It is the nature of construction projects that faults and defects caused by failures in design, workmanship or materials, may not become apparent or readily detectable (even with the exercise of reasonable care) until many years after completion of the project, long after the end of the defects liability period. Such defects are known as latent defects (as opposed to patent defects which are apparent).
Examples of common latent defects include:
- Defective basement tanking allowing water penetration.
- Inadequate wind-posts or wall ties causing movement damage to walls.
- Under-strength concrete or misplaced reinforcement allowing movement damage to the structure.
- Inadequate foundations causing subsidence of the building.
It is also a feature of construction projects that the completed building will have a life-cycle of many years often with a succession of future owners who had no involvement in the original construction, but who have a liability to maintain the structure.
After the end of the defects liability period the building owner does not have a contractual right to insist that the contractor rectifies defects not notified during that period (as will often be the case with latent defects). The building owner must instead seek redress in an action for damages, for breach of contract, or for negligence. In the case of dwellings there is a statutory remedy provided by the Defective Premises Act 1972.
These rights of action are not perpetual; actions for breach of contract are time barred after 6 years from the date of breach (usually the completion of the building although with a failure of design the breach may occur earlier) see the Limitation Act 1980 Section 5. For a contract under seal, the period is 12 years (see the Limitation Act 1980 Section 8). Clearly therefore it is important to the building owner that all contracts are made under seal; not so for the contractor, the professional consultant or their insurers. Where the claim is for negligence, the time limit is 6 years from the date on which the cause of action accrued, which will be the date when the damage occurred.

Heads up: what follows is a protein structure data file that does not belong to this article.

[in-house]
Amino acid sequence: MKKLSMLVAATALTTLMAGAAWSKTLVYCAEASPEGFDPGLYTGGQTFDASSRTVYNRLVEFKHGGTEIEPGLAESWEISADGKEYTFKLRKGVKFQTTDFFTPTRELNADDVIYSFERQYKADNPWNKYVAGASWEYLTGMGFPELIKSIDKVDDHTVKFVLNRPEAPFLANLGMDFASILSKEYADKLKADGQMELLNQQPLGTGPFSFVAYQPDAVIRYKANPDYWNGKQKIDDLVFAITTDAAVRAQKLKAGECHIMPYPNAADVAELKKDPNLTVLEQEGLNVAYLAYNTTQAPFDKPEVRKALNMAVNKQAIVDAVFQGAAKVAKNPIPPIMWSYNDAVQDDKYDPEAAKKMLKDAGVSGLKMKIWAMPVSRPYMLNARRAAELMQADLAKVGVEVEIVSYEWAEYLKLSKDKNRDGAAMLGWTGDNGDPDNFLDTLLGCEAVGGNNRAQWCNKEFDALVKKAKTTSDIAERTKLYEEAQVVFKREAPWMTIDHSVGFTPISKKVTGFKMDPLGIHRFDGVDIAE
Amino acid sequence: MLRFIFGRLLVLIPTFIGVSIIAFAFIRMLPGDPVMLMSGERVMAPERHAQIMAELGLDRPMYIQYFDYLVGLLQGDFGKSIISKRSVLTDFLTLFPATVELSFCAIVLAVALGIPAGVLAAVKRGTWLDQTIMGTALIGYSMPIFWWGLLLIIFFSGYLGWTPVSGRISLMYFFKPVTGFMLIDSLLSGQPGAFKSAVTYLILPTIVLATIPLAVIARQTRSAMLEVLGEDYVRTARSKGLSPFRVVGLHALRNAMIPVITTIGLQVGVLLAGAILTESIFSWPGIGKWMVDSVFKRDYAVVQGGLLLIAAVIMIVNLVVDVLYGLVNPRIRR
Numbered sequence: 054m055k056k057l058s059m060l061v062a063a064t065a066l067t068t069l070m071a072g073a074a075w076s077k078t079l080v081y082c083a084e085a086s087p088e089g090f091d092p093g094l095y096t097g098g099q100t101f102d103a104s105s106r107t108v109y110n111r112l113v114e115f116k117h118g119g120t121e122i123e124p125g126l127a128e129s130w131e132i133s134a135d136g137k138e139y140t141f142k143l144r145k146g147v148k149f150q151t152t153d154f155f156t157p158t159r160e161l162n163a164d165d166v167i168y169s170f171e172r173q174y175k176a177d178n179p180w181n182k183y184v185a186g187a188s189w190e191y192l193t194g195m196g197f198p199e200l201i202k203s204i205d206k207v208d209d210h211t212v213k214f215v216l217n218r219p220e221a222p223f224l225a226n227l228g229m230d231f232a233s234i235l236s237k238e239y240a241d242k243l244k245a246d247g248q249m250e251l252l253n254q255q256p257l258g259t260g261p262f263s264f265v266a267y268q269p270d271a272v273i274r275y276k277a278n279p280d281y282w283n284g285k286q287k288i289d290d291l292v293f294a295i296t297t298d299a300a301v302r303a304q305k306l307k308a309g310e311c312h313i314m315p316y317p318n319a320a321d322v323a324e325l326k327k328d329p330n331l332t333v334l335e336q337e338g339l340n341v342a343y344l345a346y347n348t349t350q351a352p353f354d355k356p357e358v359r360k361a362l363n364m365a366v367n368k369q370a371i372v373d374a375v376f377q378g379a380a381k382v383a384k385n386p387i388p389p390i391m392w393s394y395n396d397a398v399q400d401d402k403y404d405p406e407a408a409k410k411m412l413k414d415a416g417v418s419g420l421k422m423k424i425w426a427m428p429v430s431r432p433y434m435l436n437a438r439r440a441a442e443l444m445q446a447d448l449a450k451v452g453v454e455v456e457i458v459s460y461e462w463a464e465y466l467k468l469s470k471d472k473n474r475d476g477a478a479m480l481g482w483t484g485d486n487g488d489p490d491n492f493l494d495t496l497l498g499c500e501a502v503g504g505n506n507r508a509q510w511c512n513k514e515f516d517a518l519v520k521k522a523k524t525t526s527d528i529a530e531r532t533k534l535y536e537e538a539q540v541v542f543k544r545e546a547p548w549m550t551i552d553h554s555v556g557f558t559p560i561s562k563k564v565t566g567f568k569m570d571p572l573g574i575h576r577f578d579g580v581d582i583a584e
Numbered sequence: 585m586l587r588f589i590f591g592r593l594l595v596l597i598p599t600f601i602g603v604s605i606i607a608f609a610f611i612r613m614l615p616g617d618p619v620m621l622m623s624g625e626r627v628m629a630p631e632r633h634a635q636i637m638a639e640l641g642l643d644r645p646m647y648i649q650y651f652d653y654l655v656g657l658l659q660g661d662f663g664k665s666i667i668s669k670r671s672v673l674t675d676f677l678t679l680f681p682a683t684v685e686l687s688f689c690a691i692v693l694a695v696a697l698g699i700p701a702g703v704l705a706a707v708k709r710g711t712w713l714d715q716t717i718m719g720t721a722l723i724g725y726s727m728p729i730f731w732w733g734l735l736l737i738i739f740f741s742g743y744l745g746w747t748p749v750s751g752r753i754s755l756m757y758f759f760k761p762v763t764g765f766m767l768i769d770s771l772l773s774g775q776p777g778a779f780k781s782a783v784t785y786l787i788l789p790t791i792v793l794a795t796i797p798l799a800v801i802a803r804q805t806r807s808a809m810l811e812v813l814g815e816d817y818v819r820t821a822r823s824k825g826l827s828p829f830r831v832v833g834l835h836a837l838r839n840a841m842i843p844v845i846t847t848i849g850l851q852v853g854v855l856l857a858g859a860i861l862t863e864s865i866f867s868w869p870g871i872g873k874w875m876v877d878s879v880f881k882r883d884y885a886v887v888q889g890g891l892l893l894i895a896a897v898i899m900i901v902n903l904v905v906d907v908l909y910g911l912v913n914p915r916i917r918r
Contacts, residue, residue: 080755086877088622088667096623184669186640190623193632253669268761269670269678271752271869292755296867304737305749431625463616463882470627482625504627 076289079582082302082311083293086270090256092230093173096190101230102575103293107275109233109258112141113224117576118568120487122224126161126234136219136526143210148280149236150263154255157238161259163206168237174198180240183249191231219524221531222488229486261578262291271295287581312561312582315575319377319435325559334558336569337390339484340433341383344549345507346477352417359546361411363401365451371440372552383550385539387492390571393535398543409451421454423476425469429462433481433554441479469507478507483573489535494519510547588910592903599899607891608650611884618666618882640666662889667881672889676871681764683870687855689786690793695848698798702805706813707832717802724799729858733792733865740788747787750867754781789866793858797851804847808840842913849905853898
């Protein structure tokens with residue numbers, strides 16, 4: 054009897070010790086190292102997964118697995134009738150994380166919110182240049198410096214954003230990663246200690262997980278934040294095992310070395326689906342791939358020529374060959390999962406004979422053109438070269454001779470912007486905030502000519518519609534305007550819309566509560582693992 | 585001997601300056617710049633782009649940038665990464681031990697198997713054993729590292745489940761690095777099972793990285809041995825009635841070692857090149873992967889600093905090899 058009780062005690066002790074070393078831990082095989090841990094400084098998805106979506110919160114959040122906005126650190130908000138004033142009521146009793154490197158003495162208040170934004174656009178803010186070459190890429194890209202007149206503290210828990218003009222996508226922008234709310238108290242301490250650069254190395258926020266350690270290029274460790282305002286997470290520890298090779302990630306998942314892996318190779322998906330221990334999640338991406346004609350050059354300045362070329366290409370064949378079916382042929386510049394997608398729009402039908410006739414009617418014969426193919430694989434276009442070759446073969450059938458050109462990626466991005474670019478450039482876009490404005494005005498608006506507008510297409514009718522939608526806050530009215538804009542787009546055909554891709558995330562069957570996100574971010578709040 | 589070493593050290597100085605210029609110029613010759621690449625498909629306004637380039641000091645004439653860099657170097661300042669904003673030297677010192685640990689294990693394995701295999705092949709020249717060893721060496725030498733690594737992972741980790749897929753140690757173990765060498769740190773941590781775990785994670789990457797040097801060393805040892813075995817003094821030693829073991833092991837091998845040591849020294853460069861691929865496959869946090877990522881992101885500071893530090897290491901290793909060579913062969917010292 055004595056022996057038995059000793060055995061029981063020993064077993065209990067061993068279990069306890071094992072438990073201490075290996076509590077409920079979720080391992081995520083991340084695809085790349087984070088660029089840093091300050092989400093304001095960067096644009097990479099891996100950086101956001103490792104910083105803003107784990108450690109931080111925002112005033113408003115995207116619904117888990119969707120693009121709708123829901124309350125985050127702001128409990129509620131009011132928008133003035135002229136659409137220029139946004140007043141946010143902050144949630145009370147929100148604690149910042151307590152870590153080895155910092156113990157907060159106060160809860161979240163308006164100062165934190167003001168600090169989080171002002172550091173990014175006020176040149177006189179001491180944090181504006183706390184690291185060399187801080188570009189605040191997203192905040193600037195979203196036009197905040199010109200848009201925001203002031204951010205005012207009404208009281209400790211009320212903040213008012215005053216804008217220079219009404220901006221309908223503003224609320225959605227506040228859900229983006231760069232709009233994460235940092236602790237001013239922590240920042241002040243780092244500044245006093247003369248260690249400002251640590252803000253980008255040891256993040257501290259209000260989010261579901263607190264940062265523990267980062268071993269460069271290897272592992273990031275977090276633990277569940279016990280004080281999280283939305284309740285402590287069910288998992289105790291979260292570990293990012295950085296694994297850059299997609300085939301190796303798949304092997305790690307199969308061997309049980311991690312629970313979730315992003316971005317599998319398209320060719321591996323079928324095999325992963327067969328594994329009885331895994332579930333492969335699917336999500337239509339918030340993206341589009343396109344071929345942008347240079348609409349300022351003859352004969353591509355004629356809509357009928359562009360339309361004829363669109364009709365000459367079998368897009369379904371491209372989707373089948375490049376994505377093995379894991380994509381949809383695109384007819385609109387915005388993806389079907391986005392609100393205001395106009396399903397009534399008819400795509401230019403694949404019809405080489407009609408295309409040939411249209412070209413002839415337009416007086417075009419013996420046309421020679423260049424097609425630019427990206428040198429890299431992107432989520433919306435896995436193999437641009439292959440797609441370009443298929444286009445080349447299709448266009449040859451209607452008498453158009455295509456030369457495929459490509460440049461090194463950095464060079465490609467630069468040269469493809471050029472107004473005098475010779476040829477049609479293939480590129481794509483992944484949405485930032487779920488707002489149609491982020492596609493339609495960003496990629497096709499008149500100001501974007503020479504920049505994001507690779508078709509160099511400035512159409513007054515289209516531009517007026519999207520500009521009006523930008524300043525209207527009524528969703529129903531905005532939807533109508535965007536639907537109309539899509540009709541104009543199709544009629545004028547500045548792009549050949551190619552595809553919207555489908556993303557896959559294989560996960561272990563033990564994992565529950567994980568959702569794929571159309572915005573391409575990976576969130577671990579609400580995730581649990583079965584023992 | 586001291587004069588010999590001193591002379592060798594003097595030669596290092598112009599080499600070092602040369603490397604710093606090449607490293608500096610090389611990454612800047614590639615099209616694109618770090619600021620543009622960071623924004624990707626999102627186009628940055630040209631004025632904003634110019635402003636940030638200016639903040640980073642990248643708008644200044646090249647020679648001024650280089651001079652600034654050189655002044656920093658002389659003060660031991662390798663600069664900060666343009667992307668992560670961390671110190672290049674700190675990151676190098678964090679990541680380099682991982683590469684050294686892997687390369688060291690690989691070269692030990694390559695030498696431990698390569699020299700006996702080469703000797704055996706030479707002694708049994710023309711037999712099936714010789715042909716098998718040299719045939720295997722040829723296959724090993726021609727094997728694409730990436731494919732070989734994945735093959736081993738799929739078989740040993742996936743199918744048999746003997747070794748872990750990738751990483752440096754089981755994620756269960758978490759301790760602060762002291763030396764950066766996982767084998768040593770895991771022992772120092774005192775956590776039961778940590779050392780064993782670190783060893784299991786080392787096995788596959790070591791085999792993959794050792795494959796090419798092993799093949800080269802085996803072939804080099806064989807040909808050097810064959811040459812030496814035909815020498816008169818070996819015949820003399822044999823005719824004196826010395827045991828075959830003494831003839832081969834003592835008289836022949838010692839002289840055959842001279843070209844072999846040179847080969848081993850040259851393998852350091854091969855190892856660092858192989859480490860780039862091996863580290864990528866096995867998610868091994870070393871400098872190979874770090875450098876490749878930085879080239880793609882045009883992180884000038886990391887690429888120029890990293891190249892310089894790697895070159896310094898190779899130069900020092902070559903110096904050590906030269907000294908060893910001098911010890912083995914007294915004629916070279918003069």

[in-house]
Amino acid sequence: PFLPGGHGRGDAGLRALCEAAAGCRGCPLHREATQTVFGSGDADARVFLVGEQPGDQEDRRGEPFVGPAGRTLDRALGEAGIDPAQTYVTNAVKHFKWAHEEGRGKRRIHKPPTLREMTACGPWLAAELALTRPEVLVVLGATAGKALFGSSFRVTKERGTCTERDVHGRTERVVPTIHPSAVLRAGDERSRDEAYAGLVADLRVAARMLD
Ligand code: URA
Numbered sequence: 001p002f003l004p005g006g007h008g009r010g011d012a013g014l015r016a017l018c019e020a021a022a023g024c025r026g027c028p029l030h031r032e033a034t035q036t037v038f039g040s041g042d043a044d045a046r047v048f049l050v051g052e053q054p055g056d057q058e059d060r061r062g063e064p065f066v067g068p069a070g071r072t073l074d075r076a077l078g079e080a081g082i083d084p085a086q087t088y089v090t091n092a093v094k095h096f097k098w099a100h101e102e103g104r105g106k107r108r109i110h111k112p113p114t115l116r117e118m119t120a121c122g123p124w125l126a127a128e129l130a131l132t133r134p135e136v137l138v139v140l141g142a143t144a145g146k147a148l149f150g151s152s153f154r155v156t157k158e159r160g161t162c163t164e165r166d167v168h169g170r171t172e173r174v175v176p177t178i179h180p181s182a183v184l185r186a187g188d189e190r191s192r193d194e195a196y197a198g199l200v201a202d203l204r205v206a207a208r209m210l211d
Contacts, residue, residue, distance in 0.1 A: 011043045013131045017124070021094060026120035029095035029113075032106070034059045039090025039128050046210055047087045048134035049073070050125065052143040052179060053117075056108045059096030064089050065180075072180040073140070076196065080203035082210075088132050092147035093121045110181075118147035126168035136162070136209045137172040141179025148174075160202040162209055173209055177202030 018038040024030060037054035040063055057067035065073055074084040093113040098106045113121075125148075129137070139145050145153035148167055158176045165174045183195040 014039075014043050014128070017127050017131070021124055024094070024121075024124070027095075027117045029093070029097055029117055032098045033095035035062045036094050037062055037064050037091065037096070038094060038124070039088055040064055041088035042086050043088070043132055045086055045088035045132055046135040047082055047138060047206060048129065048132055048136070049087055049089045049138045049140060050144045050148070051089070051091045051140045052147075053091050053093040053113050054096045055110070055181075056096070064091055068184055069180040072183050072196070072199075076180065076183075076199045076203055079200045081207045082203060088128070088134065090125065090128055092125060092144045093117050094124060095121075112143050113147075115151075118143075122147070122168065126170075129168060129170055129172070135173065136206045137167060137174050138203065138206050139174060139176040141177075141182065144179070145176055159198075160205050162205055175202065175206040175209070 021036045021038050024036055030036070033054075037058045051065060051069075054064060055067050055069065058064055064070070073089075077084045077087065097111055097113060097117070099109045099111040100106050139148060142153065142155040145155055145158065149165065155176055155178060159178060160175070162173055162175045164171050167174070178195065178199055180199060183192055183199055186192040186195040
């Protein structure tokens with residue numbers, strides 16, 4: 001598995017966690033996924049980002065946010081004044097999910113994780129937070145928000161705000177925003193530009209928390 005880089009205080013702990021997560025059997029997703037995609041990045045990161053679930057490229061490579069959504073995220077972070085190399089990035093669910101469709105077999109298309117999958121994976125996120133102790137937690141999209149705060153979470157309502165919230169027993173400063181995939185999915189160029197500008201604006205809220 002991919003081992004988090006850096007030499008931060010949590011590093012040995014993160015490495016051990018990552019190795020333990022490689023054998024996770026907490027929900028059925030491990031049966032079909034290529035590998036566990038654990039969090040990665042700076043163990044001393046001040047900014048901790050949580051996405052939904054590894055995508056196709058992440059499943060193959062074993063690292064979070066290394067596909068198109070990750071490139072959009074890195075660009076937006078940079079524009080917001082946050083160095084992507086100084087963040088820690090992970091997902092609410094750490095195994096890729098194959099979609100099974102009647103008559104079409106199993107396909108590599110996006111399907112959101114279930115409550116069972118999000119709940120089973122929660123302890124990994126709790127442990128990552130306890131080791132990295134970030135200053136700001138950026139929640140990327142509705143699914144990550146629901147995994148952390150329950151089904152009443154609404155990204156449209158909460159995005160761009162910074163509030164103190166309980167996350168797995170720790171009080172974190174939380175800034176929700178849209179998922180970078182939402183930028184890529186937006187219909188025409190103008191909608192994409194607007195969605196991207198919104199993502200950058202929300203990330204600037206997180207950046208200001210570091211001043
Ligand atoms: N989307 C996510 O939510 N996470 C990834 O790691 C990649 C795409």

Complex arguments arise in respect of economic loss. This may be many years after the completion of the building. The provisions of the Latent Damage Act 1986 Section 1 (by way of a new Section 14A to the Limitation Act) provides a limitation period for negligence of 3 years from the first knowledge of the cause of action and (by way of a new section 14B to the Limitation Act) an overriding 15 year long-stop from the act of negligence giving rise to the damage. Section 3 of the Act is important as it gives a new cause of action to successive owners.
Commercial fixes for latent defects and successive owners include, collateral warranties, guarantees, building warranty schemes and latent defects insurance. Latent defects insurance first appeared in the UK in the 1980’s, imported from Europe and known as decennial insurance. It soon fell out of favour as a result of being over-hyped and overpriced. Latent defect insurance is now making a comeback.
 Related articles on Designing Buildings Wiki.
- Alternative dispute resolution.
- Caveat emptor.
- Certificate of making good defects.
- Collateral warranties.
- Completion of construction contracts.
- Contract conditions.
- Decennial liability.
- Defects liability period.
- Design liability.
- Final certificate.
- Flooring defects.
- Ground heave.
- Opening up works for inspection and testing.
- Patent defects.
- Practical completion.
- Professional indemnity insurance.
- Site inspector.
- Soft landings.
 External references
Featured articles and news
RIAS criticise the transfer of responsibility from construction professionals to other parties less involved with the design process.
Take a look at this new music/arts centre in Calgary, with subtle curves and a skybridge.
Building Automation and Control Systems (BACS) market in North America continues to grow.
Frank Lloyd Wright's last major project, the Solomon R. Guggenheim Museum in New York.
Designing Buildings Wiki attended the Surface Design Show and spoke with 2 leading figures in natural stone and hotel design.
How can data from homes help plan smarter cities?
CIOB launch new toolkit to help tackle modern day slavery in construction.
Have a read of our introductory article on bored piles.
Have a look at this striking new 'H-shaped' office building in China.
Read about the pile foundation solutions BAUER have delivered for Battersea Power Station.
As it's Valentine's Day, read the story of this 'labour of love' castle built on Heart Island.
An introductory guide to the project team for building design and construction.